Monday, October 29, 2007

Pope Rebukes State's Bishops?

Pope Benedict today encouraged a group of Catholic pharmacists to exercise conscientious objection rather than prescribe drugs that can cause abortion or euthanasia:

"It is not possible to anesthetize the conscience, for example, when it
comes to molecules whose aim is to stop an embryo implanting or to cut short
someone's life," the Pope said...
"I invite your federation to consider
conscientious objection which is a right that must be recognized for your
profession so you can avoid collaborating, directly or indirectly, in the supply
of products which have clearly immoral aims, for example abortion or
euthanasia," he said.

The Inside Blog's Deal Hudson (who graciously links to CT Catholic in his comment) says this about today's news:

This can only be considered a direct rebuke to the decision of the
Catholic Conference and the Connecticut bishops to allow Plan B
to be offered by Catholic hospitals in the state.

I'm not so sure. The Connecticut Bishops' September 27th statement said they were complying with the state law (requiring Plan B to be administered to rape victims without an ovulation test) because of scientific and doctrinal uncertainty on whether Plan B is abortifacient. A clear statement from Rome that Plan B is or can be abortifacient and is therefore forbidden would indeed be a direct rebuke to Connecticut. But the quotes above do not say that. Given their current position, I would expect our bishops' response to be that emergency contraception to a rape victim is not one of the "clearly immoral aims" the Pope is speaking about and that his statement does not apply to their new policy.

Whatever the real import of the Pope's remarks, there is no question that the firestorm over Plan B is still raging among Connecticut's Catholic laity. Intense e-mail exchanges involving a list of about 50 local Catholics have been ongoing (one new blog in our Connecticut links is a product of those debates). The Archdiocese's annual respect life mass was sparsely attended. And the state's pro-life community is more dispirited than I have ever seen them (and in Connecticut, that's really saying something!).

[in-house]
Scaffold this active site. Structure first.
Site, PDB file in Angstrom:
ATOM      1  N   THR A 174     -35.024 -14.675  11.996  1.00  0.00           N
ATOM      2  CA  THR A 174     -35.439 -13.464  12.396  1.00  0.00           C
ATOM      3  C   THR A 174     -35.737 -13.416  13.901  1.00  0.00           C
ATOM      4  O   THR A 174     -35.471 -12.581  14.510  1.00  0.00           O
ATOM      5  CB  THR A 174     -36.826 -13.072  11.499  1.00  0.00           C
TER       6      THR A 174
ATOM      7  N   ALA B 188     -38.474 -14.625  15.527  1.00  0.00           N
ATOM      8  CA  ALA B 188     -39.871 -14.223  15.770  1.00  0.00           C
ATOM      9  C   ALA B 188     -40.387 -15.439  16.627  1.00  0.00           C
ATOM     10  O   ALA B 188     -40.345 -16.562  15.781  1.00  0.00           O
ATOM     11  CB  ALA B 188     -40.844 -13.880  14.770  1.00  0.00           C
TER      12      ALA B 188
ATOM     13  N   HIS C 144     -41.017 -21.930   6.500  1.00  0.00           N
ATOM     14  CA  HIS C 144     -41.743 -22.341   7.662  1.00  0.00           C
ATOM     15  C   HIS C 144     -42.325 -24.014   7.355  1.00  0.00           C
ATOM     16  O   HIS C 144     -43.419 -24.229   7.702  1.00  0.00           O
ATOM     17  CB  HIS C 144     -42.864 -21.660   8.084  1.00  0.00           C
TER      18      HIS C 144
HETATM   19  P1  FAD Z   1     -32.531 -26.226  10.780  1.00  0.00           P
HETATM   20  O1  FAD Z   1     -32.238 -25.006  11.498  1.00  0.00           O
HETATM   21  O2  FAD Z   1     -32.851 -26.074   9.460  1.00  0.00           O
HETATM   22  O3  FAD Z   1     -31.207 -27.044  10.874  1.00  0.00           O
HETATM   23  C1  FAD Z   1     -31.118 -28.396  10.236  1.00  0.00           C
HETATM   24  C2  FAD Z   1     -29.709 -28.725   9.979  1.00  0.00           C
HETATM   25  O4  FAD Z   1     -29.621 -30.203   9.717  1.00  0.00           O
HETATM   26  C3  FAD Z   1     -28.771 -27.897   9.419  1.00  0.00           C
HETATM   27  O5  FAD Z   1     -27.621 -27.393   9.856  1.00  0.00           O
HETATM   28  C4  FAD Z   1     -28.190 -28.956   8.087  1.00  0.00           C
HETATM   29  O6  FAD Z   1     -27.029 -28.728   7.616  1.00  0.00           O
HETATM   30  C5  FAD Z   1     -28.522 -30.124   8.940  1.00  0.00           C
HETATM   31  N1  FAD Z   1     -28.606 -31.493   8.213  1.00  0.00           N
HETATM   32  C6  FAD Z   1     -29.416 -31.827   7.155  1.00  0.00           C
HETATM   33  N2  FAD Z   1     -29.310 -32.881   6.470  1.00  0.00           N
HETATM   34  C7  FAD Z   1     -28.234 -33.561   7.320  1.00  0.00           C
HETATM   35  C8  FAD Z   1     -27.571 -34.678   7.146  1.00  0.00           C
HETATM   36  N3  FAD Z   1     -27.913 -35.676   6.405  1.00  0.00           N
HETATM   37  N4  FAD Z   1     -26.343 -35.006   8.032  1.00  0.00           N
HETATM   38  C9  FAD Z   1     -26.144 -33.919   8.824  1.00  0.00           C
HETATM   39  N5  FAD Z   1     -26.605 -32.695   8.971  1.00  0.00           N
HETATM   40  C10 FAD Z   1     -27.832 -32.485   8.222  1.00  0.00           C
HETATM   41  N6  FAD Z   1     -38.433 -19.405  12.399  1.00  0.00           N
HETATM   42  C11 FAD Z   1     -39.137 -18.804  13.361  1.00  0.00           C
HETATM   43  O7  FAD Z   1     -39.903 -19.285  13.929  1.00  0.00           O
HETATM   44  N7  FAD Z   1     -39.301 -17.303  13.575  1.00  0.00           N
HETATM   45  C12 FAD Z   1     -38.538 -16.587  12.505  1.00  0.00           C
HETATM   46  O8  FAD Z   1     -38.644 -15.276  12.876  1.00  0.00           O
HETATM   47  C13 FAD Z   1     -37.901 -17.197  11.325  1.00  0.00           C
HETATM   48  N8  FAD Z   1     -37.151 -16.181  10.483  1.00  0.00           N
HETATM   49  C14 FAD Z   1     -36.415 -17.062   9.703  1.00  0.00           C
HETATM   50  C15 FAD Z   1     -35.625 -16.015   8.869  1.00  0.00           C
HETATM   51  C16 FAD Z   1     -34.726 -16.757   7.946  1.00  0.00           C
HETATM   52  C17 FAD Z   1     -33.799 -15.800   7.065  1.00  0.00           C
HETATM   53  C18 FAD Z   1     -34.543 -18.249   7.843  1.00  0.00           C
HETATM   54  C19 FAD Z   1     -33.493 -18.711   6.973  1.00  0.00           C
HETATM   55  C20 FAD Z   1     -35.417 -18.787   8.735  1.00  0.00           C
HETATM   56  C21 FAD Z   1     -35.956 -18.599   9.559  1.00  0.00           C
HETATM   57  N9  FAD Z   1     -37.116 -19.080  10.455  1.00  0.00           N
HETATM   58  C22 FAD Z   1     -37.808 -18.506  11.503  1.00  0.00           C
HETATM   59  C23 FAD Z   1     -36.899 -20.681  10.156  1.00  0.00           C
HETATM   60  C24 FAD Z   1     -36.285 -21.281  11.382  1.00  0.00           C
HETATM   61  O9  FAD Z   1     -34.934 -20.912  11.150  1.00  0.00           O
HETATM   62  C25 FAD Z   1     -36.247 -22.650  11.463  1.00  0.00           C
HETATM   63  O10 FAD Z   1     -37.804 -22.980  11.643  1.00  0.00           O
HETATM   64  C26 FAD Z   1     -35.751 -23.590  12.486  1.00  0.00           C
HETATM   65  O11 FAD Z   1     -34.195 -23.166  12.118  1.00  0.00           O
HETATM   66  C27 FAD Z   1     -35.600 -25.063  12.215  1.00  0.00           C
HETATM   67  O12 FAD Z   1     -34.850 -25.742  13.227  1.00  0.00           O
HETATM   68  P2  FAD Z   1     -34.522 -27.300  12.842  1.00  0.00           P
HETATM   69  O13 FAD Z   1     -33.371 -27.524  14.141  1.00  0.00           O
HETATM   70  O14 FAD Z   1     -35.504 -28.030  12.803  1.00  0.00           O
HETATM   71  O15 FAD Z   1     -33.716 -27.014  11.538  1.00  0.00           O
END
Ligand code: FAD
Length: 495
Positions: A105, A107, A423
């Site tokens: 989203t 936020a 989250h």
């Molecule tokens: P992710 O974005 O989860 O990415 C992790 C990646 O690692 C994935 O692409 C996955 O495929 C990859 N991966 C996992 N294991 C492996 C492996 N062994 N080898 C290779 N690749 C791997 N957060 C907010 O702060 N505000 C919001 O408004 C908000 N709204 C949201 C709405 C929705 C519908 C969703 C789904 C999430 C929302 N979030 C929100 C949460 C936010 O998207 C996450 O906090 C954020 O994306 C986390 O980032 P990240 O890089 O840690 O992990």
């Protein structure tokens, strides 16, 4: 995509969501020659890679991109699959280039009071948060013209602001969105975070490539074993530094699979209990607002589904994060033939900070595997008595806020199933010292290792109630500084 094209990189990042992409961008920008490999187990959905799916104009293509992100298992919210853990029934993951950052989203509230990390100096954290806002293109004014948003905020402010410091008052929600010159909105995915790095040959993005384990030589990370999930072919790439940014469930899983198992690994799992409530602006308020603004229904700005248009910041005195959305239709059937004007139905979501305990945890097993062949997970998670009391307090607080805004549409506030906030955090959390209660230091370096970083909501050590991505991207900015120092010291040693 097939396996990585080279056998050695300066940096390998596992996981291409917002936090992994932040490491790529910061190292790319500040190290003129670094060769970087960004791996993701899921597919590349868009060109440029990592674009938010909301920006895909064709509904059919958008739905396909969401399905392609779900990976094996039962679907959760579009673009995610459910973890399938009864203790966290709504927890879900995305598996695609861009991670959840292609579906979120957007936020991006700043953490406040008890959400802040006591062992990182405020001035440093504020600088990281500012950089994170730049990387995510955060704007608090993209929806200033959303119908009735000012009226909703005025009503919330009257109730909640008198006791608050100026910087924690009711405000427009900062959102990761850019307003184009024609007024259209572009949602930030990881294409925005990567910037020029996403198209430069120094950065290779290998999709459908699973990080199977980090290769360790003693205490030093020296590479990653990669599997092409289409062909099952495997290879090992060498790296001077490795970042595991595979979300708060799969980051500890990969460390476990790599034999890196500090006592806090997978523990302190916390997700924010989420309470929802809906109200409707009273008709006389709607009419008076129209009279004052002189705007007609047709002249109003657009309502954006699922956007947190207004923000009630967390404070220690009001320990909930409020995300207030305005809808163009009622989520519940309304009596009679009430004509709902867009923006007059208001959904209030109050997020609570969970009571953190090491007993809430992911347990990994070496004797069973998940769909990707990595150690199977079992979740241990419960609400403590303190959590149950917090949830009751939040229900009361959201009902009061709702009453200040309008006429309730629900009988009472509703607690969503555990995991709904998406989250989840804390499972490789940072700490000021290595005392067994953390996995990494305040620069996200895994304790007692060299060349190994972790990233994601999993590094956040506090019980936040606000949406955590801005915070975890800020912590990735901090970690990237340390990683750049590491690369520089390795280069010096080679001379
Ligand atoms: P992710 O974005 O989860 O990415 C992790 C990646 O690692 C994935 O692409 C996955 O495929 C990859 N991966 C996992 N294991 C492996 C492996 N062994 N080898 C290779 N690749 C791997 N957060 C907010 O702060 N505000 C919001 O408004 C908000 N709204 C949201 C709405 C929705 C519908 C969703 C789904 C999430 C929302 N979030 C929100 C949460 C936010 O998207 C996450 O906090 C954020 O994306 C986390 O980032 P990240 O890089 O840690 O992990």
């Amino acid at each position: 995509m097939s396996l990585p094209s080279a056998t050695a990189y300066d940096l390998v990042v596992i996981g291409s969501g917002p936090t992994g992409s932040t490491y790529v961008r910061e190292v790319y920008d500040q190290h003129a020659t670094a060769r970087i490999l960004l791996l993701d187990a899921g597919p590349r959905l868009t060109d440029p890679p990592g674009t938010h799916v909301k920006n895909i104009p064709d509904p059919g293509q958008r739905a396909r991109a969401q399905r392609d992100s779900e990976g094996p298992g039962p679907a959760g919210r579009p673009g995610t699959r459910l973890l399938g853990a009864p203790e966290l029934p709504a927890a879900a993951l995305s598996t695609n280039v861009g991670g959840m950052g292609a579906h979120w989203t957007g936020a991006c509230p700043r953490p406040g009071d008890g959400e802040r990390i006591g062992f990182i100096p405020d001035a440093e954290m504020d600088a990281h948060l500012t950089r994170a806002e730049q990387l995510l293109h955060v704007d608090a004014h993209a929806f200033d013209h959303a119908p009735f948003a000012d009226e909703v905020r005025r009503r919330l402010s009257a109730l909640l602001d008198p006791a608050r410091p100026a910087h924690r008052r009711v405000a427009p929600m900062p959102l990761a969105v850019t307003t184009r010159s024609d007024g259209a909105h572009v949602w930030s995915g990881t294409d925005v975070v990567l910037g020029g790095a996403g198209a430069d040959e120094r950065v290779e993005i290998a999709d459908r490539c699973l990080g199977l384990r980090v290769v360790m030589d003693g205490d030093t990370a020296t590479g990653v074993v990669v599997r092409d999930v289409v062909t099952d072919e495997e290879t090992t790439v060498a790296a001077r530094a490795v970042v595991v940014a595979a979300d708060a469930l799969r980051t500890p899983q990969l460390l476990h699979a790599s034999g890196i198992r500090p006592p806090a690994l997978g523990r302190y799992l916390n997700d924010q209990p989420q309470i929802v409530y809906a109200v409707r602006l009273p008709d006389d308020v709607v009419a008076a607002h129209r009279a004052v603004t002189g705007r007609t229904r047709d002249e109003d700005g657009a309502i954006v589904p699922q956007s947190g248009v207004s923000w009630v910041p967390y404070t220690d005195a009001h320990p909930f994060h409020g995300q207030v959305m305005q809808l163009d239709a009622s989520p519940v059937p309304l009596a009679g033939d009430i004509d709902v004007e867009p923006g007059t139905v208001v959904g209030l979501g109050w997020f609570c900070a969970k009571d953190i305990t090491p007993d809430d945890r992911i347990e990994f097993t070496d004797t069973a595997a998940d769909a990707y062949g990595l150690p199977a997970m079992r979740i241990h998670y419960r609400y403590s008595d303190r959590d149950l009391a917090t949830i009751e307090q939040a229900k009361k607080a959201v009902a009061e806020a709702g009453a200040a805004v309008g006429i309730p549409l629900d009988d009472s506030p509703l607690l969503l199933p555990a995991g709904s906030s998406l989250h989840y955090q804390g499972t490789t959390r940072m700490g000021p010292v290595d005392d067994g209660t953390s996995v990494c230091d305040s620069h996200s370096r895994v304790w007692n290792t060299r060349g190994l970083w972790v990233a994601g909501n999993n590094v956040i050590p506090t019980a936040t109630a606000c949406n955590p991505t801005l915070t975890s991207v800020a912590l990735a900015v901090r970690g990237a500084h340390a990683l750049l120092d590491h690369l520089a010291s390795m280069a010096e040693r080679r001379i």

The bishops, too, are thought to be having a rough time of it. Many who heard the Archbishop's homily on Plan B at the pro-life mass noted his defensive tone.

So, where do we go from here? How do we take back the high ground in the fight for life in Connecticut and how do we do it as a unified flock under the authority of our shepherds? I don't know the answers, but those are the questions we should be pondering. Having won their Plan B victory, pro-abortionists are no doubt planning their next assault. What are we doing now--and not just after the fact--to stop them?

Thursday, October 18, 2007

Overstating your case . . . not inherently evil?

I have spoken to many people over the past few weeks about the Bishop's statement capitulating on Plan B and have a couple of theories. We all keep hoping that "the Bishop's must know something that we don't." Something so super-secret that they can't even tell it to their flock, I guess. Based on what we do know, here is what I am thinking (and I don't like what I am thinking) . . .

Charitable Interpretation A
The most charitable interpretation I can think of is that the Bishops chose to protect jobs and access to health care instead of "falling on their sword" over Catholic teaching on abortion and protecting nascent life. After all, the legislature dreamed up a scenario whereby - a recently raped victim, at a catholic hospital, is ovulating, and wants Plan B, but can't get it - has never happened, and it is unlikely to happen in the future. Anyway, if you read Bishop Lori's post on his blog about the subject, he basically states that their decision is about protecting the hospitals, i.e. money.